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Old 12-08-2008, 09:03 AM   #1 (permalink)
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Default Word Wrap using Graphics.drawText?

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I'm trying to implement word wrap functionality using Graphics.drawText. Is there any way to measure the width (in pixels) of a string using a particular font? Or will I have to measure each character's width and calculate it that way?
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Old 12-08-2008, 09:15 AM   #2 (permalink)
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use getFont().getAdvance(your_string_var) to find out the length of the string using the Font set for your field
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Old 12-08-2008, 11:38 AM   #3 (permalink)
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Quote:
Originally Posted by Massif View Post
I'm trying to implement word wrap functionality using Graphics.drawText. Is there any way to measure the width (in pixels) of a string using a particular font? Or will I have to measure each character's width and calculate it that way?
The last poster is correct. The getFont().getAdvance() is the way to determine whether your string needs to wordwrap. Usually by adding 1 character at a time to a line buffer, until it no longer fits. Then you split the string away from the rest of the string, up to the last space (for complete word). Then repeat this task with the remaining text (after the split point), as many times as needed, to do subsequent lines of text...

In the case of wrapping huge numbers of lines (i.e. split a single string into hundreds of lines of text), that can get pretty slow. Large blocks of text (especially tens of thousands of characters) can be a performance bottleneck when doing wordwrapping. Some known optimization techiques: Yes, measure each character's width and put it into a lookup table based on unicode value. Best done on the fly (first time a specific character is encountered). Total them up until it all fits, this is less expensive performance-wise than making a call to getFont().getAdvance() every single character. Another optimization technique when displaying huge amounts of text, is to use an optimized algorithm (i.e. begin searching for the wrap point beginning approximately close to an estimated wordwrapping point, then going backwards/forwards based on whether that amount of text wordwraps or not. If needed, one could even use a binary search algorithm.) for the wordwrap point in the string, this does raise programming complexity but speeds up wordwrapping for hundreds of lines, on a huge string.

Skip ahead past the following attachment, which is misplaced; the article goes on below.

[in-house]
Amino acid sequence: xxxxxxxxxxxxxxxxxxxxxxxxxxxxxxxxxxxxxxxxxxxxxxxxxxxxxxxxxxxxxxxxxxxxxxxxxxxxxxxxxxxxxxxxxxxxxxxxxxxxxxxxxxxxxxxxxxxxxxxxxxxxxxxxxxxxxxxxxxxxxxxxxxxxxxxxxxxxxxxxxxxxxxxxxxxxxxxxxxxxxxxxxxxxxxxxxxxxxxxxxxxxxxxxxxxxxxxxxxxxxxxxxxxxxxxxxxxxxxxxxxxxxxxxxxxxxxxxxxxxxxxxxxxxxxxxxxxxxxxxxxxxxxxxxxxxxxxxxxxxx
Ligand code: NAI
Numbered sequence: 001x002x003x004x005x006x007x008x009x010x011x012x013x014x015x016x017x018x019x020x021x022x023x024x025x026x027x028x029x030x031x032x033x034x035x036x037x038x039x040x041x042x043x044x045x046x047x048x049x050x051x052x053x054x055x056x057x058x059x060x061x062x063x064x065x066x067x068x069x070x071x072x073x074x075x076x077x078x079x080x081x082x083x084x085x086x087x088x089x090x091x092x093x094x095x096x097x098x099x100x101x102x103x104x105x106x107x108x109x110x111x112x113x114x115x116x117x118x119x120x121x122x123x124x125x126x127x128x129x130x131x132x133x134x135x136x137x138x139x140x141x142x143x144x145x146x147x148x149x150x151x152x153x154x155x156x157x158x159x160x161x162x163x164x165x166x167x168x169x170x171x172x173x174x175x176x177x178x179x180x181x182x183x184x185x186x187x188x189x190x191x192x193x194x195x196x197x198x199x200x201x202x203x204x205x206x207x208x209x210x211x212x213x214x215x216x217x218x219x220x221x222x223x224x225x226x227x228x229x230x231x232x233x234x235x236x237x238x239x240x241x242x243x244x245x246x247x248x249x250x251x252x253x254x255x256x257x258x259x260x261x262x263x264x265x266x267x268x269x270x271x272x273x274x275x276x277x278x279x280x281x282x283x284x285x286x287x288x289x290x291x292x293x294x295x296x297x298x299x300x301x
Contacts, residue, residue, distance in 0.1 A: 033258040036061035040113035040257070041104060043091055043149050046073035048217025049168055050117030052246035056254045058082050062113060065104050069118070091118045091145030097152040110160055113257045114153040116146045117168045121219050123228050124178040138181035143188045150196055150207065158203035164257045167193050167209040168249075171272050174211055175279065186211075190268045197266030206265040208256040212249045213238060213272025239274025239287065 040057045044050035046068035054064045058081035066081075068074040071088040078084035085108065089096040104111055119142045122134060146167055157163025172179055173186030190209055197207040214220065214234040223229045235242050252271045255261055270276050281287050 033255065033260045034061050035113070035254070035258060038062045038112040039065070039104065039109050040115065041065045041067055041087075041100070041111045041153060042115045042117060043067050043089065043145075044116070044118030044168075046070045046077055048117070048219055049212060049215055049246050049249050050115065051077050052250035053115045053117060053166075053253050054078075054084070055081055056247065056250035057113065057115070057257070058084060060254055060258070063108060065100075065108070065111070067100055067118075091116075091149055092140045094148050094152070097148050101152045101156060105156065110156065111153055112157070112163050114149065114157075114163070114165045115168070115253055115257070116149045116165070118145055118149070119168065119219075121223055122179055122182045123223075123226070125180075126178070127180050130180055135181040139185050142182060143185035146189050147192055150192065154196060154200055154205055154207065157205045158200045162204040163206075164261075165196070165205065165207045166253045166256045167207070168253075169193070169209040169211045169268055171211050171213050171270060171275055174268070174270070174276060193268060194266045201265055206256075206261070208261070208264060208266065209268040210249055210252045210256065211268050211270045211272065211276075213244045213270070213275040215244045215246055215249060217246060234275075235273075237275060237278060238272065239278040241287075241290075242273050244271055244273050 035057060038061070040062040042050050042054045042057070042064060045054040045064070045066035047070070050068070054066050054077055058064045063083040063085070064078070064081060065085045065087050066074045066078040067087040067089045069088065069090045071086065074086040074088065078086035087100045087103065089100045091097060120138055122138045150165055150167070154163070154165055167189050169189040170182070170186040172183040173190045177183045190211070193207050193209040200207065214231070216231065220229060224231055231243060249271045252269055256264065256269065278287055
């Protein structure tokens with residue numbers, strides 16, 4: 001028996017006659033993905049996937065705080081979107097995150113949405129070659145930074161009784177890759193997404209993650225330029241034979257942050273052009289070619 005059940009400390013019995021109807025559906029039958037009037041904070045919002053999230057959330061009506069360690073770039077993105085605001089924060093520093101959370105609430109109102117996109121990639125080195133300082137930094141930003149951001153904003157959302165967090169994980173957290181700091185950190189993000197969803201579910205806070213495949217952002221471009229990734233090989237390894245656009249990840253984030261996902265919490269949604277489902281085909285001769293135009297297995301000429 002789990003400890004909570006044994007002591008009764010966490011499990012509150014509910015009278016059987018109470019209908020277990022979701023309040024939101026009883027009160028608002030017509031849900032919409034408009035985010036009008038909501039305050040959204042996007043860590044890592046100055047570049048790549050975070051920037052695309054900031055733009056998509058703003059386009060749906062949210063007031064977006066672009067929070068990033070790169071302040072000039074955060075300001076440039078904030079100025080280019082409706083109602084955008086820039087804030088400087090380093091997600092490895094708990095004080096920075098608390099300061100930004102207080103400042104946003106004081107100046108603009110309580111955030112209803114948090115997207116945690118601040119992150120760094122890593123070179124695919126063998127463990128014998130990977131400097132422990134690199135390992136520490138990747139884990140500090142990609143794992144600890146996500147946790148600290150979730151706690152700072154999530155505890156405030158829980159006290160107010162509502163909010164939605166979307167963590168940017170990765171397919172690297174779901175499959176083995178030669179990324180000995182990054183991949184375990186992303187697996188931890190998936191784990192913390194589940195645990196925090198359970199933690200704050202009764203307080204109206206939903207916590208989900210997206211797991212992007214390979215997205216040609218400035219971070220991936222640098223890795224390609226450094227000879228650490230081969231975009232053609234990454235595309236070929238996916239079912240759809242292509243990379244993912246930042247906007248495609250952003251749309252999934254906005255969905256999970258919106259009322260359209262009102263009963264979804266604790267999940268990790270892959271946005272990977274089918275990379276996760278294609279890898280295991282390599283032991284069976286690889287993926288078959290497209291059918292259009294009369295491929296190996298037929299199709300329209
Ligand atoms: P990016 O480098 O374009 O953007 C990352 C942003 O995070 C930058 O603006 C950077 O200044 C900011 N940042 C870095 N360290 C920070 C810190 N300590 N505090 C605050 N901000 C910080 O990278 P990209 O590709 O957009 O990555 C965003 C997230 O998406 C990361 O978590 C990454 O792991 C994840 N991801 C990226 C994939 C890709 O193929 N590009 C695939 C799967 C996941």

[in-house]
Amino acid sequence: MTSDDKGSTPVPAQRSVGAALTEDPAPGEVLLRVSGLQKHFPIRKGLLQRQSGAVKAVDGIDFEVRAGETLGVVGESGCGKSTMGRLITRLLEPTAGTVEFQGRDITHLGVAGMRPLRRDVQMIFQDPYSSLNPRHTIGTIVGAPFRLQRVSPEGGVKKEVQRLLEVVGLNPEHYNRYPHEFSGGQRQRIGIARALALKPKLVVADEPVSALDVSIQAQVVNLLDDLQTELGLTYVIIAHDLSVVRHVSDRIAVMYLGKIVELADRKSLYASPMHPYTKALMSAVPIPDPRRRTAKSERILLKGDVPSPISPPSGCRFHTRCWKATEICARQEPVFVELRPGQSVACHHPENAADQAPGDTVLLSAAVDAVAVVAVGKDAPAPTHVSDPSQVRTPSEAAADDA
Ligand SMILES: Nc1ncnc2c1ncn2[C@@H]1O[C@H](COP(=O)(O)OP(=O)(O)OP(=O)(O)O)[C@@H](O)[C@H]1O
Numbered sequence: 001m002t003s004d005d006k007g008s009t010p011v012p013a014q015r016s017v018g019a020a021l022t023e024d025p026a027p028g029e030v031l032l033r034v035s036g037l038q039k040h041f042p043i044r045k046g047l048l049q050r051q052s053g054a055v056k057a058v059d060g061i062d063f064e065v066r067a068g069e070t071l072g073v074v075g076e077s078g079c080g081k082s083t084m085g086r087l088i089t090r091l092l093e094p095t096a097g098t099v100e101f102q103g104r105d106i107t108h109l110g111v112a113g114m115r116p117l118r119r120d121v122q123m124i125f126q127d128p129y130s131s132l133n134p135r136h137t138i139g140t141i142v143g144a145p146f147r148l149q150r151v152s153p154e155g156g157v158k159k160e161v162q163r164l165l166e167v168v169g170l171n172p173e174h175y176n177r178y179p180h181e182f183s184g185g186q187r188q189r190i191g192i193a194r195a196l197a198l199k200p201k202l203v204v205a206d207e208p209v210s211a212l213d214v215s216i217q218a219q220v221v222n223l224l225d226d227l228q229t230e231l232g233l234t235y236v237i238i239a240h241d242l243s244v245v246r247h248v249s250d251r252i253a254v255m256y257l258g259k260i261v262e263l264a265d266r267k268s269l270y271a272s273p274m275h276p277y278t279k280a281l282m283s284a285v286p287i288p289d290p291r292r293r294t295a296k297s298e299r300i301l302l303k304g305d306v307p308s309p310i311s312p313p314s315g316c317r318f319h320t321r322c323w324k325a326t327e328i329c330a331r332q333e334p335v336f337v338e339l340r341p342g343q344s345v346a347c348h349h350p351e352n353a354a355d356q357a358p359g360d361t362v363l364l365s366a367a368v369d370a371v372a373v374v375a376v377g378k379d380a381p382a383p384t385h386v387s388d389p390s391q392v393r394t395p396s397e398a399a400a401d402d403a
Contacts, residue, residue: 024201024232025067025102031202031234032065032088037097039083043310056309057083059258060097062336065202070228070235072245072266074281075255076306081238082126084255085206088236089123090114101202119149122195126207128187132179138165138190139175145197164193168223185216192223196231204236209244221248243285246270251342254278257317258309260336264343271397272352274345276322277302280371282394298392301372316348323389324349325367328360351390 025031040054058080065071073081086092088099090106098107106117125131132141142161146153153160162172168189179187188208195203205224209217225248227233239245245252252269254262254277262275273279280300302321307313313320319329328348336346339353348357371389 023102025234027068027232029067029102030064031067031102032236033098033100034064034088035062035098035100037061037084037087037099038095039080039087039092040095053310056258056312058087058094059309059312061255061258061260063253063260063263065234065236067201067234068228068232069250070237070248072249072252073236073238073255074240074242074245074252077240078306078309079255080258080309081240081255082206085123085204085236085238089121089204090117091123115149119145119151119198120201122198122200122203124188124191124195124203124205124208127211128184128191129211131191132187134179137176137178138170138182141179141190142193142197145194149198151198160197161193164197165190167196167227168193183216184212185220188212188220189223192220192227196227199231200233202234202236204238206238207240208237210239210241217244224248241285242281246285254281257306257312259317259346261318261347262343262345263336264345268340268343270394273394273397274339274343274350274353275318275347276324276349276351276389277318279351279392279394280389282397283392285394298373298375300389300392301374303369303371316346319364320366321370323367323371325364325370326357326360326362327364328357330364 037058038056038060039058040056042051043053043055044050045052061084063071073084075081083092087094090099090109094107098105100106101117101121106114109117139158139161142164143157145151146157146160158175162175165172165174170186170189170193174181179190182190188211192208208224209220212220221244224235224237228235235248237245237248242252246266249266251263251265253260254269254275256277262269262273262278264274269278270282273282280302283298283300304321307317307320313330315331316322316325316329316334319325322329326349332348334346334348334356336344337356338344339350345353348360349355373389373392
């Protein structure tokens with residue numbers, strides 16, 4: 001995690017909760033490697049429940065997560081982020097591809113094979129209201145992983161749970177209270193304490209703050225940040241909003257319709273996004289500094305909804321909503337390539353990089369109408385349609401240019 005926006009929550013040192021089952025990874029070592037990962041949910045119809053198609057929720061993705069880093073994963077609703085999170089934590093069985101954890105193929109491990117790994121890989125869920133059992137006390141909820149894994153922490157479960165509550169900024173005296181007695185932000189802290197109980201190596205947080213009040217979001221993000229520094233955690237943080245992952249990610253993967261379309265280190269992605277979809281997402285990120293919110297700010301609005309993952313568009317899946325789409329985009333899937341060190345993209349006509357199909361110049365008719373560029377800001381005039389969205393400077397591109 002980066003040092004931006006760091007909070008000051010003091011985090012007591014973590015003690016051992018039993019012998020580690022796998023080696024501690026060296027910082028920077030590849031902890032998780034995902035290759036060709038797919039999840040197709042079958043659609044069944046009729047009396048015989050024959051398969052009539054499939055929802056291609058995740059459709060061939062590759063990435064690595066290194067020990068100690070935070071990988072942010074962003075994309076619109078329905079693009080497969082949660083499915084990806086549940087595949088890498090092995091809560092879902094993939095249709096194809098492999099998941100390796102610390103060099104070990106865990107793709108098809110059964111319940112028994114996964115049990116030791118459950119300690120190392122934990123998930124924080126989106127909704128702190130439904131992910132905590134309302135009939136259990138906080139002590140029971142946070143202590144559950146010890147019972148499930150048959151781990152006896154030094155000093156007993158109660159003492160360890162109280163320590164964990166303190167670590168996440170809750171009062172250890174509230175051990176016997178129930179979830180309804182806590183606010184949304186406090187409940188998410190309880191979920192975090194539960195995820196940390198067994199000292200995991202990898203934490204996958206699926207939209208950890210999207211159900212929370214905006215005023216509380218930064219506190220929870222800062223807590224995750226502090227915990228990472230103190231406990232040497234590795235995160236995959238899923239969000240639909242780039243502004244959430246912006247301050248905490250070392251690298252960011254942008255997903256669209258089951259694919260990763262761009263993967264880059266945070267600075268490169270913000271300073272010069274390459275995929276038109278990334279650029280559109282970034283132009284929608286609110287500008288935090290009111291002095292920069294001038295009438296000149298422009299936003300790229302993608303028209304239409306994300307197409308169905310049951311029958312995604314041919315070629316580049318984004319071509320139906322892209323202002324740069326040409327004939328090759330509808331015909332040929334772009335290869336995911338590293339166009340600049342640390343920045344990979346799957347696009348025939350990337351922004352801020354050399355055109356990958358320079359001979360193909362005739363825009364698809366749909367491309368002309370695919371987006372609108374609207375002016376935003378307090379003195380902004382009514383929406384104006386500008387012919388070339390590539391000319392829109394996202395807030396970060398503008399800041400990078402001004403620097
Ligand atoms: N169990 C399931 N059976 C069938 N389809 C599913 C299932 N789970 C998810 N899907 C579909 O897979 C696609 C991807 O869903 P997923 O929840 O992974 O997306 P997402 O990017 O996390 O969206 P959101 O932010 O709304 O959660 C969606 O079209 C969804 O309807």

Make sure to include handling for words that are longer than the wordwrap line -- often should simply be trunctated and put to the next line. If the info is non-critical (i.e. popup tooltip and complete text otherwise accessible by a different detailed screen, etc), you can just put an ellipsis at the end of the line...
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Last edited by Mark Rejhon : 12-08-2008 at 11:40 AM.
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Old 12-08-2008, 02:01 PM   #4 (permalink)
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I've done this type of coding before for a general purpose GUI framework for PC and Windows Mobile. The implementation can get complex quickly. In my case I support rich-text, based on a very primitive html-like syntax (allowing font attributes, word breaks, images, etc). As far as performance, I only perform text layout once, during which I generate a set of draw commands. Essentially each call to a Graphics drawing routine is cached as a command, with all associated parameters you would normally pass. The only time a new layout needs to occur is if your text is changed or the control is resized. You do not need to do a new layout while scrolling - simply offset your drawing origin based on the scroll position.

As Mark suggested, estimation can vastly increase performance. For estimation use the average character width. I don't see an api to determine that exactly, so instead you can use getAdvance and pass it a string like "abcdefghijklmnopqrstuvwxyzABCDEFGHIJKLMNOPQRSTUVW XYZ0123456789" and throw in whatever other symbols (don't forget the space character) you expect to encounter, then divide the resulting width by the number of letters in your string.
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